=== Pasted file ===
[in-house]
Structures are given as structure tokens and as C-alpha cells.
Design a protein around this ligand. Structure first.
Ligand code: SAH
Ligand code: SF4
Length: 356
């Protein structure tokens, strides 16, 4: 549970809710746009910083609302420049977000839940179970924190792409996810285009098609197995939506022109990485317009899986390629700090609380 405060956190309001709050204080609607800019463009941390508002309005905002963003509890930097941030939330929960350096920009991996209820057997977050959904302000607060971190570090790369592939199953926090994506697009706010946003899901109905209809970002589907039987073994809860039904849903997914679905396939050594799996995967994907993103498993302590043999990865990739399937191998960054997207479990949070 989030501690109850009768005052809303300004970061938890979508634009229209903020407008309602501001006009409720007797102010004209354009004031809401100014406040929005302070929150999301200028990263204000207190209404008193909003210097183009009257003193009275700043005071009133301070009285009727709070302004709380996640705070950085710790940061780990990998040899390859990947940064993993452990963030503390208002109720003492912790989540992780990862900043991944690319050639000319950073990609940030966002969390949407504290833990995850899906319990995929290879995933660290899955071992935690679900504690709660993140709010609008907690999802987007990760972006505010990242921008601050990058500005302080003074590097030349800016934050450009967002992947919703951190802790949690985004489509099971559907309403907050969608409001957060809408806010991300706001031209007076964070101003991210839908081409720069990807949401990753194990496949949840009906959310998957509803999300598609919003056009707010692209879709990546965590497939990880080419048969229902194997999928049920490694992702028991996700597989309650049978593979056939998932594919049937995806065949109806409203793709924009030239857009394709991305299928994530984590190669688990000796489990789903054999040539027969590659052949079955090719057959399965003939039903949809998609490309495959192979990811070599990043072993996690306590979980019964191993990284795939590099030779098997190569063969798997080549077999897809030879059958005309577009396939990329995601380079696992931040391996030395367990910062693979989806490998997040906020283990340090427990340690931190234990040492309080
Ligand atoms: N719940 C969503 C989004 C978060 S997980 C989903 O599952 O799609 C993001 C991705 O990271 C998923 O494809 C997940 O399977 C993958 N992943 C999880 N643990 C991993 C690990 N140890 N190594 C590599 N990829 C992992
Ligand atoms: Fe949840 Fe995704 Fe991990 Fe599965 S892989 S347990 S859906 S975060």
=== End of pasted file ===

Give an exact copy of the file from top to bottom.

[in-house]
Structures are given as structure tokens and as C-alpha cells.
Design a protein around this ligand. Structure first.
Ligand code: SAH
Ligand code: SF4
Length: 356
């Protein structure tokens, strides 16, 4: 549970809710746009910083609302420049977000839940179970924190792409996810285009098609197995939506022109990485317009899986390629700090609380 405060956190309001709050204080609607800019463009941390508002309005905002963003509890930097941030939330929960350096920009991996209820057997977050959904302000607060971190570090790369592939199953926090994506697009706010946003899901109905209809970002589907039987073994809860039904849903997914679905396939050594799996995967994907993103498993302590043999990865990739399937191998960054997207479990949070 989030501690109850009768005052809303300004970061938890979508634009229209903020407008309602501001006009409720007797102010004209354009004031809401100014406040929005302070929150999301200028990263204000207190209404008193909003210097183009009257003193009275700043005071009133301070009285009727709070302004709380996640705070950085710790940061780990990998040899390859990947940064993993452990963030503390208002109720003492912790989540992780990862900043991944690319050639000319950073990609940030966002969390949407504290833990995850899906319990995929290879995933660290899955071992935690679900504690709660993140709010609008907690999802987007990760972006505010990242921008601050990058500005302080003074590097030349800016934050450009967002992947919703951190802790949690985004489509099971559907309403907050969608409001957060809408806010991300706001031209007076964070101003991210839908081409720069990807949401990753194990496949949840009906959310998957509803999300598609919003056009707010692209879709990546965590497939990880080419048969229902194997999928049920490694992702028991996700597989309650049978593979056939998932594919049937995806065949109806409203793709924009030239857009394709991305299928994530984590190669688990000796489990789903054999040539027969590659052949079955090719057959399965003939039903949809998609490309495959192979990811070599990043072993996690306590979980019964191993990284795939590099030779098997190569063969798997080549077999897809030879059958005309577009396939990329995601380079696992931040391996030395367990910062693979989806490998997040906020283990340090427990340690931190234990040492309080
Ligand atoms: N719940 C969503 C989004 C978060 S997980 C989903 O599952 O799609 C993001 C991705 O990271 C998923 O494809 C997940 O399977 C993958 N992943 C999880 N643990 C991993 C690990 N140890 N190594 C590599 N990829 C992992
Ligand atoms: Fe949840 Fe995704 Fe991990 Fe599965 S892989 S347990 S859906 S975060």